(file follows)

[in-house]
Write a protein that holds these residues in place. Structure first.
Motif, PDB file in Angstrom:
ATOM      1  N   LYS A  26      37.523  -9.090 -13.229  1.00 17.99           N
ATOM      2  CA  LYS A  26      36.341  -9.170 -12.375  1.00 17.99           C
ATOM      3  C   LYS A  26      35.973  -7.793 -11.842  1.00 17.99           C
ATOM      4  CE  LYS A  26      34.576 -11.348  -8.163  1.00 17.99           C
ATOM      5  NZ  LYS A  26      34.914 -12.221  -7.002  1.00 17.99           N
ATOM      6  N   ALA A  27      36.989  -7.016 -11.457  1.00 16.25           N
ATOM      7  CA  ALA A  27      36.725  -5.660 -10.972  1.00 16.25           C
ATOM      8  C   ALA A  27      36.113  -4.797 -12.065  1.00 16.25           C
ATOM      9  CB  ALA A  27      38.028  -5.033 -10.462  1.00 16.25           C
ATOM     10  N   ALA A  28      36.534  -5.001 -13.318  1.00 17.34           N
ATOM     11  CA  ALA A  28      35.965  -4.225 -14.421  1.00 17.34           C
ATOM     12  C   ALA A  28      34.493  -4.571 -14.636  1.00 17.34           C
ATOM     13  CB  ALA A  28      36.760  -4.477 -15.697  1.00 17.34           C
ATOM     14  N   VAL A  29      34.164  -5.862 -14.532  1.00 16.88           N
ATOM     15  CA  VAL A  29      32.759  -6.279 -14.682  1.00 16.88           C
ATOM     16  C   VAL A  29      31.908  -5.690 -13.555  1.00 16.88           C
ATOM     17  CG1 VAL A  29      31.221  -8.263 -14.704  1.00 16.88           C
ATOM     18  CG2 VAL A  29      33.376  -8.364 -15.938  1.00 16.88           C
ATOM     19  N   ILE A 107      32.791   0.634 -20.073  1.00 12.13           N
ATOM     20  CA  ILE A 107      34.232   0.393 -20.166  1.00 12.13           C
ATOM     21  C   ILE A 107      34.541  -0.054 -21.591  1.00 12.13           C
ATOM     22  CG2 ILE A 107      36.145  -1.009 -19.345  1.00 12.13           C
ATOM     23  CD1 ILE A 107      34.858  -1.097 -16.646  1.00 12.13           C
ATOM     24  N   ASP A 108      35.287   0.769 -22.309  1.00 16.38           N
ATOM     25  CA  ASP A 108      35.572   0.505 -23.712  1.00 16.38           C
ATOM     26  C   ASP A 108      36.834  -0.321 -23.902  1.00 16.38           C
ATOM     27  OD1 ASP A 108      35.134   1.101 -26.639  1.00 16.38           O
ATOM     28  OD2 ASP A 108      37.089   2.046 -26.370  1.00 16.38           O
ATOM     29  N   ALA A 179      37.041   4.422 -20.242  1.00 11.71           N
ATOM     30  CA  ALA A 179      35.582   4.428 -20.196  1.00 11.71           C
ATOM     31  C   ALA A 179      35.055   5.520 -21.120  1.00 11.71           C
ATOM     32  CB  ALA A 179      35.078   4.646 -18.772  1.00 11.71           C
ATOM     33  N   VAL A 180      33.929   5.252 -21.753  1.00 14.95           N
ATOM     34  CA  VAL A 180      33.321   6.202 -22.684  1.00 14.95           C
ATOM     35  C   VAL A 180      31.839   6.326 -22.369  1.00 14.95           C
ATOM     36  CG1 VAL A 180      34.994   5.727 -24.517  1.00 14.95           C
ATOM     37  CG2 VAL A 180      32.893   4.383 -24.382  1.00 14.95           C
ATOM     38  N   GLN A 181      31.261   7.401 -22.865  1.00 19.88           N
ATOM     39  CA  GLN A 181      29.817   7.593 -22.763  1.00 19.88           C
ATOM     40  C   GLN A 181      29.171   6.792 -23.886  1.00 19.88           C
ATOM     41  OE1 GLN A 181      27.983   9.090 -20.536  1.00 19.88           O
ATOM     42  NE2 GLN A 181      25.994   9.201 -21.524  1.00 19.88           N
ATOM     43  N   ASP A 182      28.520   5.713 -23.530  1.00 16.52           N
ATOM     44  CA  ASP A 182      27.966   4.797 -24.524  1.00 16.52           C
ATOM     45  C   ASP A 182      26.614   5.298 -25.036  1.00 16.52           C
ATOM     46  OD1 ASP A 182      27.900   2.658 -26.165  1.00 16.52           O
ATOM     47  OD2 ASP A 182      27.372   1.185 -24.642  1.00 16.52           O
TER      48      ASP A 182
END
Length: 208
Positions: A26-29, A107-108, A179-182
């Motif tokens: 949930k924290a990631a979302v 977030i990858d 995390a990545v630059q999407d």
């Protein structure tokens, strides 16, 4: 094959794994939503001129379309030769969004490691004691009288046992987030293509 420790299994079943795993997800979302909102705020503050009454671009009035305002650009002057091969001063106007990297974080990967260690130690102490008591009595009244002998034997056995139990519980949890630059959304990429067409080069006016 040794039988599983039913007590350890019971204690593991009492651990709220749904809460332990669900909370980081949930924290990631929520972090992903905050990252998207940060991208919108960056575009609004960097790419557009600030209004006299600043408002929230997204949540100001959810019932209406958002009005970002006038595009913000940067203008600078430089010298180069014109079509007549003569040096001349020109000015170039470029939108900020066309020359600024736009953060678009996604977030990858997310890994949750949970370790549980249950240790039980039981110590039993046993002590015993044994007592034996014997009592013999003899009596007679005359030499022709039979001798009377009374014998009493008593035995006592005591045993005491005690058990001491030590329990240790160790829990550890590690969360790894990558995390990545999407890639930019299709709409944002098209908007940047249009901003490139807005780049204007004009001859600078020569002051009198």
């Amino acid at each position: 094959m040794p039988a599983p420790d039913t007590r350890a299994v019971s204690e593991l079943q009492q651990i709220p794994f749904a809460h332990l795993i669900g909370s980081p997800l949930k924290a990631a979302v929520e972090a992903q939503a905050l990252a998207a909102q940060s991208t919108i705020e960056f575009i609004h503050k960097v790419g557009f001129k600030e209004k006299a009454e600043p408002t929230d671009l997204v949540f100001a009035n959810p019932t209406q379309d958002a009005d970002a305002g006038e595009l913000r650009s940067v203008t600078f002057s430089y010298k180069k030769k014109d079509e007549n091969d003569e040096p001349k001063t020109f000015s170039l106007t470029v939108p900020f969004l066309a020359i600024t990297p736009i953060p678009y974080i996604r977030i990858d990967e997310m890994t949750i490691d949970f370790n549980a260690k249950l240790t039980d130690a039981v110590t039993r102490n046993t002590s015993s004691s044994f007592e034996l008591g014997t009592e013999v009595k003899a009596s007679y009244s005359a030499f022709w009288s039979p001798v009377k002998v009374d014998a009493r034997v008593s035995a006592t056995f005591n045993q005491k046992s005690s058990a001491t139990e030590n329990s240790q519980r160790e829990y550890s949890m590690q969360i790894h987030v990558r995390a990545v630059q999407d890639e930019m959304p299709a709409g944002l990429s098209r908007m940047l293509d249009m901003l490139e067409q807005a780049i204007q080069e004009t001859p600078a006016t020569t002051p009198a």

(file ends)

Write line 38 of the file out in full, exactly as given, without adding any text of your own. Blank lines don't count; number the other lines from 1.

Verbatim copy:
ATOM     35  C   VAL A 180      31.839   6.326 -22.369  1.00 14.95           C